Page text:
Coalition hits Sanaa after five drones targeted Saudi Arabia
Attempted attack on Abha civilian airport on Friday was the second in a week
The Arab coalition pounded military targets belonging to Iran-backed rebels in Yemen on Saturday, a day after Saudi Arabia intercepted five drones launched by the Houthis at airports in the kingdom’s south.
Friday’s attack represents the second strike launched at a Saudi airport after a Houthi missile hit Abha airport on Wednesday, wounding 26 civilians. Friday’s attack was targeting Abha airport for a second time as well as the nearby city of Khamis Mushait, which houses an important airbase.
The uptick in attacks came as tensions in the region escalated after tankers in the Gulf of Oman were set ablaze in attacks. Four other tankers were attacked off the UAE’s Fujairah coast in last month. The incidents have ratcheted up concerns in the oil and shipping industries, forcing tanker insurance costs up by at least 10 per cent and the pushing the price of Brent Crude above $60.
The Yemeni rebels, who seized much of the country including the capital of Sanaa in 2015, have warned that coalition airports were valid targets.
On Saturday, jets struck a number of rebel targets, including air defence systems, the Arab coalition backing the internationally recognised government of President Abdrabu Mansur Hadi said.
Abha airport is busy during the summer months as Saudis holiday in the mountainous south to get away from the summer heat in Riyadh and Jeddah.
During a media tour of the airport on Thursday, Saudi authorities said they had closed a part of the arrival lounge after the missile tore a hole in the roof and disrupted flights for several hours.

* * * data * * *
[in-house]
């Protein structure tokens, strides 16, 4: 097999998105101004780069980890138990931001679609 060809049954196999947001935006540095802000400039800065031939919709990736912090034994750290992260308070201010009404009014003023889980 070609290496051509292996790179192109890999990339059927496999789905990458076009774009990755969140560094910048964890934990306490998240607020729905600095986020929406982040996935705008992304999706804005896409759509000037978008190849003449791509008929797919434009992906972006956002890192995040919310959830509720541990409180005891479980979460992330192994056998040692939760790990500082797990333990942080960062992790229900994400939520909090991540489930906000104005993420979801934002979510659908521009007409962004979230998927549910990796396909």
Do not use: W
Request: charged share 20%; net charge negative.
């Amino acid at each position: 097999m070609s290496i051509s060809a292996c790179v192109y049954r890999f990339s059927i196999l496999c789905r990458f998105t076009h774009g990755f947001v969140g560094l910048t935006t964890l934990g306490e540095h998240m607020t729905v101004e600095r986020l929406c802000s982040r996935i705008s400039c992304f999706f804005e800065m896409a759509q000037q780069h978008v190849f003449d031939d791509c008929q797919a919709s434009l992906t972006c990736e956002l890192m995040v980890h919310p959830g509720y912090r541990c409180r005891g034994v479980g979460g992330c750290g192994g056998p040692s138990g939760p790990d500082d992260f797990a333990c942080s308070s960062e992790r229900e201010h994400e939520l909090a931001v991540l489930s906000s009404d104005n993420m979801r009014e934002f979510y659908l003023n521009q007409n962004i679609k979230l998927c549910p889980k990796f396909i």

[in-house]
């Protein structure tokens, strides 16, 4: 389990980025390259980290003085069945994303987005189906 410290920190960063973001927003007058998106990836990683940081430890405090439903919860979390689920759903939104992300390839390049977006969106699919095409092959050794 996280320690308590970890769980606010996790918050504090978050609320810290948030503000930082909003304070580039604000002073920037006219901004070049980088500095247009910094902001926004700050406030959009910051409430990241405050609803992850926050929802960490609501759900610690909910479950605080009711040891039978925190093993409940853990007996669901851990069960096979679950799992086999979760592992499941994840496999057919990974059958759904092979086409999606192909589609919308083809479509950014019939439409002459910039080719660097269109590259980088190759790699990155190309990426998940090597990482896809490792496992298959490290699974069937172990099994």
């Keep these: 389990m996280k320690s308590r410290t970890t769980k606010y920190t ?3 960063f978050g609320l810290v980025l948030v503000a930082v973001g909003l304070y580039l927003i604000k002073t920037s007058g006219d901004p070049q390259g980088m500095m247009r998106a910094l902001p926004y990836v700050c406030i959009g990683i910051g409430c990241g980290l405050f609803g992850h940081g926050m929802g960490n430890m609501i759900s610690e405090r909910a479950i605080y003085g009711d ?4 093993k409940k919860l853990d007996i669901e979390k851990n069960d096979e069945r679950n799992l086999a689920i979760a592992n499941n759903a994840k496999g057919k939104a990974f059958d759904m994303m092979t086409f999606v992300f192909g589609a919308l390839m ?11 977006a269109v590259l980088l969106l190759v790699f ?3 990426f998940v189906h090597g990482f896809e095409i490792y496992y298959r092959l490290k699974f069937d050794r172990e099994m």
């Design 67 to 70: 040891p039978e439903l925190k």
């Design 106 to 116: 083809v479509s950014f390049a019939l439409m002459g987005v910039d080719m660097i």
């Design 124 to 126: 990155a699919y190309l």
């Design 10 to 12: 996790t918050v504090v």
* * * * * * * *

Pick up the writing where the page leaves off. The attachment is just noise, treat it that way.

The area was covered in bamboo scaffolding and littered with concrete debris and shards of broken glass.
Two passengers, including an Indian national, who suffered injuries recalled pandemonium and screams after a loud explosion triggered a blaze, leaving the lounge covered in smoke.
Human Rights Watch denounced the strike as an apparent "war crime".
"The Houthis should immediately stop all attacks on civilian infrastructure in Saudi Arabia," said HRW's deputy Middle East director Michael Page.
A Saudi civil aviation official said authorities were still investigating rebel claims that they fired a cruise missile at the airport.
If confirmed that would represent a major leap in the rebels' military capability, experts say.
The official also confirmed that it had not been intercepted by the kingdom's Patriot anti-missile batteries.
The coalition has provided numerous documents that show the rapid increase in rocket skill and technology used by Houthis that they say is evidence that Iran – which has its own sophisticated ballistic missile technology – has been arming the rebels. Tehran denies that it provides missiles to the rebels.
The coalition intervened in support of the Yemeni government in 2015 when President Hadi fled into Saudi exile as the rebels closed in on his last remaining territory in and around second city Aden.
Since then, the conflict has killed tens of thousands of people, many of them civilians, relief agencies say.
It has triggered what the UN describes as the world's worst humanitarian crisis, with more than 24 million Yemenis – more than two-thirds of the population – in need of aid.
Updated: June 15, 2019 11:04 PM